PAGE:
Few of us make decisions based on a purely rational assessment of our own self-interest. And thank goodness for that! Life with homo economicus, “economic man,” would be dreary indeed. There is a deep tradition in economics that considers the role that “institutions”—defined here as traditions, cultural mores and social organizations—play in society. A cultural value of honesty, for example, contributes to a more efficient economy. Traditions and cultural norms, even without any claim to morality, also bring societal benefit. Laws and explicit rules cannot create a good society unless they are built upon a strong cultural foundation. I illustrate this below in three spheres: the macroeconomy, government, and the firm.
Consider national tax compliance. Americans cheat on their taxes less than citizens of other nations, much less in some instances. The Internal Revenue Service estimates that 83% of taxes owed were paid—and paid on time—in 2012. Contrast that record with Greece, where tax evasion has been called the national pastime: On average, the Greeks pay only 2/3 of what they should. And it isn’t because we hire more tax police. Greece spends four times as much per capita chasing tax cheats. Historically, the Russians have been even worse: Income tax compliance has been at 50%. Without a strong tradition of voluntary compliance, the central government spends more on enforcement and must rely on forms of taxation that are more easily enforced but may be less equitable and, in economic terms, create more inefficiency.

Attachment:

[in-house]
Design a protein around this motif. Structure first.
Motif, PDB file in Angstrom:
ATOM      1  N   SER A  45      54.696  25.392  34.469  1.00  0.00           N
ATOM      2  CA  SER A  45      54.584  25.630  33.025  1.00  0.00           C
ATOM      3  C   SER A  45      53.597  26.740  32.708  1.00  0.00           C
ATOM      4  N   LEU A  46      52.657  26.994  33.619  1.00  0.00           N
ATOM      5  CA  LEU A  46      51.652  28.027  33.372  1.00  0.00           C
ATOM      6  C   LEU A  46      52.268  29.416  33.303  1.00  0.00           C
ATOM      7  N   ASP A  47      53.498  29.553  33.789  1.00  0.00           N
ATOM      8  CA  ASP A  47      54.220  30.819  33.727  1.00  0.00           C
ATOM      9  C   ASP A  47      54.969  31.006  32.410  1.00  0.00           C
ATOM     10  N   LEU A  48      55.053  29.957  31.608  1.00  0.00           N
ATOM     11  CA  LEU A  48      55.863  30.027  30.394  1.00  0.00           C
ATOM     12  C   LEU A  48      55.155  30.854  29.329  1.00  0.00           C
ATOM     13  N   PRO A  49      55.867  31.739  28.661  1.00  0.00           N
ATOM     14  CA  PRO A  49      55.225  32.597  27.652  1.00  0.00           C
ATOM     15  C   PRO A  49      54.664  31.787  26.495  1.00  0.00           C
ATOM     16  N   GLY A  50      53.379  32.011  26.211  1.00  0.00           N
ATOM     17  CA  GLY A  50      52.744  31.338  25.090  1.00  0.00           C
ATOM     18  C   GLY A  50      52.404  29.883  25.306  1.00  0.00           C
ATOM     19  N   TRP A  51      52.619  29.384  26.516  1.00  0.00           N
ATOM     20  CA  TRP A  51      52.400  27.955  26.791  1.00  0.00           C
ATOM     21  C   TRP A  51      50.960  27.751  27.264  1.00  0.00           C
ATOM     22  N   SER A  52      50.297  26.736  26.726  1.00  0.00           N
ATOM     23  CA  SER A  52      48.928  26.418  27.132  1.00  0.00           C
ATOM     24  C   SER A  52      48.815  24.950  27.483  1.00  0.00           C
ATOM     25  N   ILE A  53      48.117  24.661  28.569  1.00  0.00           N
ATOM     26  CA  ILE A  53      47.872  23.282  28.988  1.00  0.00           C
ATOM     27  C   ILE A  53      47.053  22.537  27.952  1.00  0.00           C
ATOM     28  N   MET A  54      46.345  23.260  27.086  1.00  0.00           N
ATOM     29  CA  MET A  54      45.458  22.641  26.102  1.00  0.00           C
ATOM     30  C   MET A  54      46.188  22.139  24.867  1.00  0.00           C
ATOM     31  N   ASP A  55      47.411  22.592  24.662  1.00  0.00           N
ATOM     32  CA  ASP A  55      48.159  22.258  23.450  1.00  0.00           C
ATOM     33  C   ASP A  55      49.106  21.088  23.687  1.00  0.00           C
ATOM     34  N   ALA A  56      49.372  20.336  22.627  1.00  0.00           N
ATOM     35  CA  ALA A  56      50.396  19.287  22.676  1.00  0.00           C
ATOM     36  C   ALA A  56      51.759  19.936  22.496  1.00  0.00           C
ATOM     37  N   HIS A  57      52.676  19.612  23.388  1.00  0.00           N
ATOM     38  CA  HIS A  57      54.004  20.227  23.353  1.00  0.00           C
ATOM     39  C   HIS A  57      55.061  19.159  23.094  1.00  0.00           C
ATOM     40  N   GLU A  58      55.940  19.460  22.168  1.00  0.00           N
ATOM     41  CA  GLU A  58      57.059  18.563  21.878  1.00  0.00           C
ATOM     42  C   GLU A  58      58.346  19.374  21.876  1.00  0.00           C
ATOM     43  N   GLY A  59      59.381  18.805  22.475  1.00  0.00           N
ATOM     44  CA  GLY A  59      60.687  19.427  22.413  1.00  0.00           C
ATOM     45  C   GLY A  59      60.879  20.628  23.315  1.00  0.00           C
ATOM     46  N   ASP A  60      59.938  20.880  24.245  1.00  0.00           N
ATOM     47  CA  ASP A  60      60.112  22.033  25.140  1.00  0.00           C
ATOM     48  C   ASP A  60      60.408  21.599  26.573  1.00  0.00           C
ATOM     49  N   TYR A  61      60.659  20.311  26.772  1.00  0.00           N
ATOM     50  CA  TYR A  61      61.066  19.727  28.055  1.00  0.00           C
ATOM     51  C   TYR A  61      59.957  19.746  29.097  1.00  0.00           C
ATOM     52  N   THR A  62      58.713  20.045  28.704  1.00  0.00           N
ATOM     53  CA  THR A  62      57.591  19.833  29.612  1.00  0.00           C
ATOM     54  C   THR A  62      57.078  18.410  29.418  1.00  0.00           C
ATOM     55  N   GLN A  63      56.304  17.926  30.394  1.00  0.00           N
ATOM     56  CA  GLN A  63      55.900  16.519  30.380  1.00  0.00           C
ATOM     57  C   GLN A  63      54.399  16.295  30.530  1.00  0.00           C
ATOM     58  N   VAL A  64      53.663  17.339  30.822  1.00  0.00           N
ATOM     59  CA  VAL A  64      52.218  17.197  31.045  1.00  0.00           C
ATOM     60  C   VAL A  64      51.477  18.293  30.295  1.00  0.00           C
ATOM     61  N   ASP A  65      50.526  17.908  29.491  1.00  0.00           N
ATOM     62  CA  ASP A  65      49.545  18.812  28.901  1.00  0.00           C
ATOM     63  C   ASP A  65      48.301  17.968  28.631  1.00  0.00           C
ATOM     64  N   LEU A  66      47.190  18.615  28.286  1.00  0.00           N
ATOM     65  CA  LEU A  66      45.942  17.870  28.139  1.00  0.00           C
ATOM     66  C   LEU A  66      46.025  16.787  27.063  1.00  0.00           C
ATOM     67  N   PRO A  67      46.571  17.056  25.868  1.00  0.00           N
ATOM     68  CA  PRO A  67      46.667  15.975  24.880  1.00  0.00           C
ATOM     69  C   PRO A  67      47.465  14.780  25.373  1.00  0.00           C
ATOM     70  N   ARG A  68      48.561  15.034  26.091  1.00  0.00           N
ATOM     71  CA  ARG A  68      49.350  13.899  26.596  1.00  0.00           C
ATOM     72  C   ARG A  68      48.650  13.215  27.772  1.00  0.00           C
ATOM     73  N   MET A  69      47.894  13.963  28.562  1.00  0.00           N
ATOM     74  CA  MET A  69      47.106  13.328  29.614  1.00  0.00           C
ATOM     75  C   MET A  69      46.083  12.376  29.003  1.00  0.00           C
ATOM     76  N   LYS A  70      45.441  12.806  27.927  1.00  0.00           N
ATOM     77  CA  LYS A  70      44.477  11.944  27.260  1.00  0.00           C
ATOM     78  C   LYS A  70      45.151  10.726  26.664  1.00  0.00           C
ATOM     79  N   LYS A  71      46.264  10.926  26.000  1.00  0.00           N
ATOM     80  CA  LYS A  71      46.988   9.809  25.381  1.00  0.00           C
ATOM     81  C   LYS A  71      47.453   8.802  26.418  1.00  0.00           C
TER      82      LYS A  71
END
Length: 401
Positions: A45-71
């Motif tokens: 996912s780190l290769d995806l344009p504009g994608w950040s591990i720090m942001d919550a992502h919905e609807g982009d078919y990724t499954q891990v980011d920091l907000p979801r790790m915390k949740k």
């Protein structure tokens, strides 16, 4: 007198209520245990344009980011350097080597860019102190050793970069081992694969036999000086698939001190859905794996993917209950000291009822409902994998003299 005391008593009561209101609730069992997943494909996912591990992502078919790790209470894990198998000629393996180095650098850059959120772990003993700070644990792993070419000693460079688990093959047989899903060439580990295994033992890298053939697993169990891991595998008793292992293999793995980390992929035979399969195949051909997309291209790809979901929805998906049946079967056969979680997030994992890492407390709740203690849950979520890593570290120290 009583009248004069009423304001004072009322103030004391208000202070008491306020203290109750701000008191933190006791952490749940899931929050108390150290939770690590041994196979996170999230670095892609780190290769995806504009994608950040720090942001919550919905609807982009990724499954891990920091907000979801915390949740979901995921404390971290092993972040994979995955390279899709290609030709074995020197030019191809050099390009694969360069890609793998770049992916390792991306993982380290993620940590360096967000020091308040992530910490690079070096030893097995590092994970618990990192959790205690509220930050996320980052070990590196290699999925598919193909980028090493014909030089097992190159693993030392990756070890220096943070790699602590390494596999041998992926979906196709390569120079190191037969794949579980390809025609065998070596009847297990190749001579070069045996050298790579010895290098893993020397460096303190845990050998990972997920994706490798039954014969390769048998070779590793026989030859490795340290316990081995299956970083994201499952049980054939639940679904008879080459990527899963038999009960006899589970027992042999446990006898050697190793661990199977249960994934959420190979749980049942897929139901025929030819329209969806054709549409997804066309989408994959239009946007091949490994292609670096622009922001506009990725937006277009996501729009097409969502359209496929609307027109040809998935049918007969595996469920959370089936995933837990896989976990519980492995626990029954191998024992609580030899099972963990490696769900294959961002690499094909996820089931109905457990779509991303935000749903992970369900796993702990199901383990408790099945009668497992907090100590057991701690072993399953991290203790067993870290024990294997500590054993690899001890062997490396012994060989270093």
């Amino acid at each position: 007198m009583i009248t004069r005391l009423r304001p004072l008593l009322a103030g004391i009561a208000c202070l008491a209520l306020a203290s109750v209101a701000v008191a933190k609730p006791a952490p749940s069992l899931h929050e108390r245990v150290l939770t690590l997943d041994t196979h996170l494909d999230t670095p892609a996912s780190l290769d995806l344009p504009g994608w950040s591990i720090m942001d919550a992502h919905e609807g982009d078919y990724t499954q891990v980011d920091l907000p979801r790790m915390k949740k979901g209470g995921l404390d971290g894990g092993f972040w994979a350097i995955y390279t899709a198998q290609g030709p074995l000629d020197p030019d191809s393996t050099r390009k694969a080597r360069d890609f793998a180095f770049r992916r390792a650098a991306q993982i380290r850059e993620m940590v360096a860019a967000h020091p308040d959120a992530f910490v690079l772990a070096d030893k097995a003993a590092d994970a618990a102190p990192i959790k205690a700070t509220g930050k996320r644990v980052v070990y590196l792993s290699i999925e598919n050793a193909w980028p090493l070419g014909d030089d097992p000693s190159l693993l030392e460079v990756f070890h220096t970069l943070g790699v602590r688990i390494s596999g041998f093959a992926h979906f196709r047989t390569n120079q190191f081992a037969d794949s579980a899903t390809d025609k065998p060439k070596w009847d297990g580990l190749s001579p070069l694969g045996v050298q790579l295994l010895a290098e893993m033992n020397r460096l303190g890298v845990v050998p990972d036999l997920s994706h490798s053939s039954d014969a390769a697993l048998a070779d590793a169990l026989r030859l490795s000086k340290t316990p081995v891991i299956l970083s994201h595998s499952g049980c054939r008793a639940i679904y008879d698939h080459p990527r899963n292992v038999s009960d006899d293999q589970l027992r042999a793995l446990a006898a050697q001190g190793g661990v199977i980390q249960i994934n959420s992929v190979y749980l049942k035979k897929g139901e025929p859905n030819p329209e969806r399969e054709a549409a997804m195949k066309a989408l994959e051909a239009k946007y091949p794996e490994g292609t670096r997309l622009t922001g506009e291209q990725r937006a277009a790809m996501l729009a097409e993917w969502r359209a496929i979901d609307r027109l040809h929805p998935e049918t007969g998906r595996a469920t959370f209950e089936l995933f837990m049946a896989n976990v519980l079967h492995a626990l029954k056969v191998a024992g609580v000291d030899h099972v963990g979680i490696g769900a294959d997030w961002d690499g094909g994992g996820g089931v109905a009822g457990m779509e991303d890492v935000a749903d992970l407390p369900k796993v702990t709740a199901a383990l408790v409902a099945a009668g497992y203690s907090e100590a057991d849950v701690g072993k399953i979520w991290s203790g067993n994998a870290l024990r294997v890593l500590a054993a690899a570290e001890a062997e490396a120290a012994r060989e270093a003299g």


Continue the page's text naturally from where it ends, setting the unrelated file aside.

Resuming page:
“What about ‘The Wolf of Wall Street’ and the self-dealing that contributed to the financial crisis?” I’m not making a global claim to the moral superiority of the average American. Special interests have successfully lobbied for the insertion of custom tax provisions that make evasion, for some, entirely legal. Transparency International’s Corruption Perception Index places the United States at #19 of 177 countries—not terrible, but not at the top with the Scandinavians and New Zealand. We have a strong compliance culture around taxes, but fall short in countless other spheres.
Culture and tradition also play an important role in the political sphere. This week the Supreme Court heard arguments in National Labor Relations Board v. Noel Canning. This is part of the long running Washington soap opera about presidential appointments—the Senate has been very slow to consider appointments from the Obama White House, fearful of Republican filibuster. Exasperated, the President made a few “recess” appointments—which persist until the next session of Congress—when the Senate was out of town, asserting that the Senate was not simply absent, but in recess. As the Senate was convening pro forma sessions every three days (presumably at the direction of the Majority Leader, Democrat Harry Reid), the Senate argues that it was not in recess. The appointments were therefore unconstitutional.